The .5 GPH with 1/4" inlet and outlet inline drip emitter work best in a pressure range of 15 to 20 PSI. This drip emitter can be used with 1/4" micro tubing as the main line. The drip emitter can be installed by cutting the micro tubing and inserting the drip emitter into the 1/4" micro tubing in a spacing of 10 to 12" apart and up.
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The non PC model D051, .5-GPH and D052, 1-GPH are in-line drip emitters with 1/4" barb inlet and outlet. They are suitable for use in planter boxes, containers and with vegetable planters. Use this drip emitter with 1/4" micro tubing as the main line and install the emitter where required. The inline drip emitter perform perfectly well in a short run only, try not to place the emitters closer than 9” inches apart.
Water movement in the soil:
When using drip emitters it is important to select the correct flow rate in order to achieve the right wetted pattern shape. In sandy soil, water tends to drain quickly (gravitational force) with little lateral movement, so applying a higher flow rate over a given time period will produce a wider pattern. Using point source irrigation with .5 GPH drip emitters for one hour will provide a smaller wetted area then using 1 GPH for the same time, due to the soil characteristics.
About drip irrigation sometime known as micro irrigation or trickle irrigation:
Drip irrigation or micro irrigation is the slow application of water directly to the plants' root zone in a predetermined pattern. Drip irrigation can be use to maintain optimum moisture level in the soil at all times that will results in less water lost to the sun and the wind. No water is wasted on non-growth areas, and the root zone is maintained at its ideal moisture level, combining the proper balance of water and air for a very efficient irrigation system. One of the most important features of a drip irrigation system is the creation of a totally new and more favorable root zone environment within the planting. Drip irrigation sustains this environment by using low flow rates to maintain constant soil moisture levels. This encourages better growth and disease resistance by reducing plant stress.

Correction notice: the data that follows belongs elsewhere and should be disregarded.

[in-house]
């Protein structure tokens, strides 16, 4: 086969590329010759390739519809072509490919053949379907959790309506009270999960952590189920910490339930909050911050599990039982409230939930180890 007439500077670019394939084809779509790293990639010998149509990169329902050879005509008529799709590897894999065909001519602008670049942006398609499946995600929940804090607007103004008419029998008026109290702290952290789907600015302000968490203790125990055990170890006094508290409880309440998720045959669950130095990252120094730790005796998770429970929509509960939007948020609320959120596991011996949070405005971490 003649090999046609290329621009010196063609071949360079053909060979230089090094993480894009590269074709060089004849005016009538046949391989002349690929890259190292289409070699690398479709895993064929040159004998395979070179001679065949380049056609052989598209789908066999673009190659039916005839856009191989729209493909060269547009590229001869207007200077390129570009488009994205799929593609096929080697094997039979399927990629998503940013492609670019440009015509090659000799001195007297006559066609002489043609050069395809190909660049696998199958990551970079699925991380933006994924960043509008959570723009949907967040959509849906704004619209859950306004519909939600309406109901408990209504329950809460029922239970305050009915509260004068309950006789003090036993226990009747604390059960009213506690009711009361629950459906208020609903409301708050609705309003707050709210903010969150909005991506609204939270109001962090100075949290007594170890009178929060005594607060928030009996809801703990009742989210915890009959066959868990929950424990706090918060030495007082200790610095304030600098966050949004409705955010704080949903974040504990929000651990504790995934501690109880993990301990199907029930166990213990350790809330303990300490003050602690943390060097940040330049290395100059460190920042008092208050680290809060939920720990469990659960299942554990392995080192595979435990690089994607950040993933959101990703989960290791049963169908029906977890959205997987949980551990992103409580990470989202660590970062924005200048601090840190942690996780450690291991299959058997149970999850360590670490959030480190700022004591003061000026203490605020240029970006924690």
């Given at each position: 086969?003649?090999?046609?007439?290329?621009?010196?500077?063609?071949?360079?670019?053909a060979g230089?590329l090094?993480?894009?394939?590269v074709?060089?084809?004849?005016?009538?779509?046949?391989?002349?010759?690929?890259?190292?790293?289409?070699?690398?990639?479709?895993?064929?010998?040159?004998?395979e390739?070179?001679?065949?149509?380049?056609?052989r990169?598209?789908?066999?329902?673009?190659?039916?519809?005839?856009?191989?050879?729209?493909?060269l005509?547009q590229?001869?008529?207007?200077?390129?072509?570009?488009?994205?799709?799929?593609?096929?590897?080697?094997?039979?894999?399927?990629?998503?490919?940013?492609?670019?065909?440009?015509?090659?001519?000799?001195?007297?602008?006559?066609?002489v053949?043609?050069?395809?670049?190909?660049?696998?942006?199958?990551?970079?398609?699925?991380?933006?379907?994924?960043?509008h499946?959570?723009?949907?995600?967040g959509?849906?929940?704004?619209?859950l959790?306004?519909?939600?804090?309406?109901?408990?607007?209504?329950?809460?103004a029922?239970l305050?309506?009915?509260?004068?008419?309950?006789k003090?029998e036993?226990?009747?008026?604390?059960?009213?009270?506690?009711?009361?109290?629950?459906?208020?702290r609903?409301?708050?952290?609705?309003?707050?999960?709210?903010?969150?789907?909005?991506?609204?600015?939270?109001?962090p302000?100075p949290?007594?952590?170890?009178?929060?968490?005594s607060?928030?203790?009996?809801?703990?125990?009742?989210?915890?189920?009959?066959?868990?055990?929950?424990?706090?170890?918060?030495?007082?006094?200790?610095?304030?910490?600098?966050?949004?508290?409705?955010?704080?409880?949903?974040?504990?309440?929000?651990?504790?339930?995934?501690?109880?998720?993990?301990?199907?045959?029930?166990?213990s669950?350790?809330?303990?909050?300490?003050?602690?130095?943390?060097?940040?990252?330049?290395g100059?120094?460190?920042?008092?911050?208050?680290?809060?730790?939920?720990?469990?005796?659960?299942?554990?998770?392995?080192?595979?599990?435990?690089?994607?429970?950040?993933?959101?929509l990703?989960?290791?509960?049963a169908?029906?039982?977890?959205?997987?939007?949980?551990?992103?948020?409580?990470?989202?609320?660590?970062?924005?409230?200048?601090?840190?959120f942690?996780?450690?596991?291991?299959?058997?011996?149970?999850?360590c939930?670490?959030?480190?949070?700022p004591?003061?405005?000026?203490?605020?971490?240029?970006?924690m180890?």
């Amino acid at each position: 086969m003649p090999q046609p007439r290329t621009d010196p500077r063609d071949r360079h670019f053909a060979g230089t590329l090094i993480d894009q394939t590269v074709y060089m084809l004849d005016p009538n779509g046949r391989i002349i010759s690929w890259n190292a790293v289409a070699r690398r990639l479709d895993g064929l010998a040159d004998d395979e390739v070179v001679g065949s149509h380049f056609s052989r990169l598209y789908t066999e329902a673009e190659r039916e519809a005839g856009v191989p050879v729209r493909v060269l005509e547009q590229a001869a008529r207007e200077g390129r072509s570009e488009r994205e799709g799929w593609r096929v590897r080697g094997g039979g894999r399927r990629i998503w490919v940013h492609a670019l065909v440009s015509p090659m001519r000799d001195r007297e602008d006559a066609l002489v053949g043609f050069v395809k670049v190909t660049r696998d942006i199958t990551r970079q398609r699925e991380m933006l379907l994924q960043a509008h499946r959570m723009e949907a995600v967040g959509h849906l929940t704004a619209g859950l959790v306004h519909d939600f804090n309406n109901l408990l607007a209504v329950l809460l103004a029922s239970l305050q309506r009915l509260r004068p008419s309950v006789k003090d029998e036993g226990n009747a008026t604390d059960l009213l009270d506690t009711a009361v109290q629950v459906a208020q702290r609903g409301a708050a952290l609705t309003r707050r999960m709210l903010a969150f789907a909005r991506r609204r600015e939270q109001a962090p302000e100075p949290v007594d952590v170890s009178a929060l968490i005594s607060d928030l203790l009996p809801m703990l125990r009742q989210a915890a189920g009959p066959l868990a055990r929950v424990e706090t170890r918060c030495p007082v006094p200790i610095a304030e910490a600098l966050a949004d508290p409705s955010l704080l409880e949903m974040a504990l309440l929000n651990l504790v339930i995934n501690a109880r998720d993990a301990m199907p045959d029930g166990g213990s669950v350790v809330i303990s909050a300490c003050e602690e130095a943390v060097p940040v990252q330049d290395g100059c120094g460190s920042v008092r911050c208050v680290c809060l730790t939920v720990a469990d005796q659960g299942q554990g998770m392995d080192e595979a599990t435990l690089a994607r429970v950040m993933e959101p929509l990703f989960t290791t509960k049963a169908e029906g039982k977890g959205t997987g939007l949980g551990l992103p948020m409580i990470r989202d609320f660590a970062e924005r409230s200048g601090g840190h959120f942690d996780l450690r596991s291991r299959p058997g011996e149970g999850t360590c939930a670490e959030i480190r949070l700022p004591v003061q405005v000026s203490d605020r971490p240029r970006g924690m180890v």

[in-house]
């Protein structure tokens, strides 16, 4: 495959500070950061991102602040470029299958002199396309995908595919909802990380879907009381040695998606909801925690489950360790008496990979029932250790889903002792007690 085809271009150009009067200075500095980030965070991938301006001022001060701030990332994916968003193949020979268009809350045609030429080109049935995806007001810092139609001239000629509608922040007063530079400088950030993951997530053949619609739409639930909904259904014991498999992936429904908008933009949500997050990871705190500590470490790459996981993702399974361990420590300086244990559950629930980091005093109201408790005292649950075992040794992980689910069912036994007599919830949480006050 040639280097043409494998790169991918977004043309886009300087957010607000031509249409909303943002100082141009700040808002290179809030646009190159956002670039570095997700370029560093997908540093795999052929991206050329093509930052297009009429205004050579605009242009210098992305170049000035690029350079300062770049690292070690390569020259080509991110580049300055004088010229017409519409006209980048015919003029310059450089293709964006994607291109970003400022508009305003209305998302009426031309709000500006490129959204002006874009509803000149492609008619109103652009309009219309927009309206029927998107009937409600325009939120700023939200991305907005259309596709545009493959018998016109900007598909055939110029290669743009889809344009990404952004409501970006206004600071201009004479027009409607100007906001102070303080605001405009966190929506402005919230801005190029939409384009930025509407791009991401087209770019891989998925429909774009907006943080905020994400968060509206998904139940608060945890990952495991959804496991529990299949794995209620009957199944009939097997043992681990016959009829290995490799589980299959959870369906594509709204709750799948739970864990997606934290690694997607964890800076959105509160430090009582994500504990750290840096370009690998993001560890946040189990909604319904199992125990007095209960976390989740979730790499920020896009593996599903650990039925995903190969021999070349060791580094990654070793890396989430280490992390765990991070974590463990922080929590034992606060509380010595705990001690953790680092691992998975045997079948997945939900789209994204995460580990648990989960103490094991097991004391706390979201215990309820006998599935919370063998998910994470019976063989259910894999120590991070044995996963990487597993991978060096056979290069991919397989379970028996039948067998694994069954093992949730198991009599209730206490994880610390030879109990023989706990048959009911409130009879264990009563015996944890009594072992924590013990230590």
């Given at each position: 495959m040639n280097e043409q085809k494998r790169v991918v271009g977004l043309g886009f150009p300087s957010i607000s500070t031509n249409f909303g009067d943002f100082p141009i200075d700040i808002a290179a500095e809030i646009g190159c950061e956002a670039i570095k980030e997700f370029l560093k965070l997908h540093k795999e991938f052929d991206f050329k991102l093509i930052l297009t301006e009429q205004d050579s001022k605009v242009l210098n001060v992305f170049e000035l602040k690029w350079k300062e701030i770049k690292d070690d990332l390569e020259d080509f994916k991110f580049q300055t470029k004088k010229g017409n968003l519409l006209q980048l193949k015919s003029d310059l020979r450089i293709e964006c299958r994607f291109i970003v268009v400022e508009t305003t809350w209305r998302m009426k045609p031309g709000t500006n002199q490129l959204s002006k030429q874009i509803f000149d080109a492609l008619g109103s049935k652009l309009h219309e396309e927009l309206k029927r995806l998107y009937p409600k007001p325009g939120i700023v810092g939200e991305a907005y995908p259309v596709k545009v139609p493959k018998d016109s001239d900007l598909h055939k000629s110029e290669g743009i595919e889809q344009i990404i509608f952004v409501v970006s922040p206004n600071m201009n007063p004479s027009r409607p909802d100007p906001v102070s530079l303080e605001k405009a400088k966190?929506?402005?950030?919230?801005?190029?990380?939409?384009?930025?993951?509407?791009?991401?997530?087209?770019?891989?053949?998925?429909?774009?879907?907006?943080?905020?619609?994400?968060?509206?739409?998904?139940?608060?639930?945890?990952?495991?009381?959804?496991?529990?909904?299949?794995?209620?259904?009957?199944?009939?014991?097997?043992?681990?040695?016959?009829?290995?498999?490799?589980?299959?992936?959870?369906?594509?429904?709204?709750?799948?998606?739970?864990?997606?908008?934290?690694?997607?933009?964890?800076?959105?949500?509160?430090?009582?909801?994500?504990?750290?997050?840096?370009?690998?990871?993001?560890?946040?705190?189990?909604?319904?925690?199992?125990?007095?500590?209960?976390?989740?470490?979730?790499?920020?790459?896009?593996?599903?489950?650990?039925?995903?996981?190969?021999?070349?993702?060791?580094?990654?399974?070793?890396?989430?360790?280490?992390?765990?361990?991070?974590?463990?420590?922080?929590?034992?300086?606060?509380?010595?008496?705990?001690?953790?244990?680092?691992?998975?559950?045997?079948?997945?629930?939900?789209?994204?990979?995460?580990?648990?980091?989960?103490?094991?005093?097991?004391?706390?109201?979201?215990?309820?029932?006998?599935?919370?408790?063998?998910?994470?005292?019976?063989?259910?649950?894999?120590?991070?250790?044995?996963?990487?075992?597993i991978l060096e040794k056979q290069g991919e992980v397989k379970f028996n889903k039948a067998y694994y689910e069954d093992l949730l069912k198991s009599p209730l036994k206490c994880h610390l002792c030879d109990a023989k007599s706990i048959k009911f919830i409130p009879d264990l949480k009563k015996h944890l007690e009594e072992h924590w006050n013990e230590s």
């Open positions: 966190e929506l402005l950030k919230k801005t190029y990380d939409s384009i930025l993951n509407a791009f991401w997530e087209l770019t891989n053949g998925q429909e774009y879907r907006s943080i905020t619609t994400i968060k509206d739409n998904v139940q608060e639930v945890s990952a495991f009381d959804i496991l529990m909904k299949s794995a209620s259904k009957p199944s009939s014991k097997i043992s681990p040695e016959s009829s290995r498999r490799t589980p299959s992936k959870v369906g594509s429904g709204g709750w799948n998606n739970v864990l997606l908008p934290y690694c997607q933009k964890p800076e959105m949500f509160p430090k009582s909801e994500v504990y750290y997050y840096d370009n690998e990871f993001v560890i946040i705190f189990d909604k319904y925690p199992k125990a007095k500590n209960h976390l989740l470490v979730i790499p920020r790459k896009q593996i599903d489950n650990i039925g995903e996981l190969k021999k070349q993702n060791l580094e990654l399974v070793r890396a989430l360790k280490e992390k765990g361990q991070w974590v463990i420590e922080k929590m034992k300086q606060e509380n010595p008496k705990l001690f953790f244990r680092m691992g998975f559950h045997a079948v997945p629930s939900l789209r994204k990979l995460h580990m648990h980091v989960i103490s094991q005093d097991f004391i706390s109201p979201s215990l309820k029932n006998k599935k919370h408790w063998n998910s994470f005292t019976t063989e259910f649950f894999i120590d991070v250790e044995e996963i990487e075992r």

To water a diverse selection of plant sizes in planter boxes, containers and with vegetable plantersthe option below can be utilized:
For maximum system expansion using a 1/4" micro tubing, and to better control the system’s total flow rate, you can use the .5 or 1 GPH (gallons per hour) drip emitter. We recommend using drip emitters with the same flow rate to irrigate the same sizes planter boxes or containers. For example a 4’ long x1’ wide container with vegetable plants, installed the same flow drip emitter every 9-12” apart. To increase the amount of water applied to a larger plants, simply add more drip emitter or increase the watering time, this drip irrigation method provides the plant with a larger wetted area to cover a larger section of the plant root zone. By adjusting irrigation time, the right amount of water can then be applied evenly to all the plants.
· Suggested number of drippers per plant:
o Planters with small plants in close spacing: use a .5-GPH dripper every 9".
o Planters with plants up to 1’ high use one .5-GPH dripper per plant.
o Planters with large plants with up to 2’ high use one 1-GPH dripper per plant or spaced the drip emitter every 9-12”.
How much time to water: Turn the water on for 5 to 10 minutes, and check the system. If you need less or more water adjust the watering time. The goal is that all the potted plants and planters boxes regardless of size will drain at the same time. If you use an automatic controller, program the irrigation controller for about 2 to 4 minutes less than the time the planter boxes start to drain. Run the system every one or two days, depending on the soil type and the location. Check the planter’s boxes once a week and adjust the irrigation time as needed.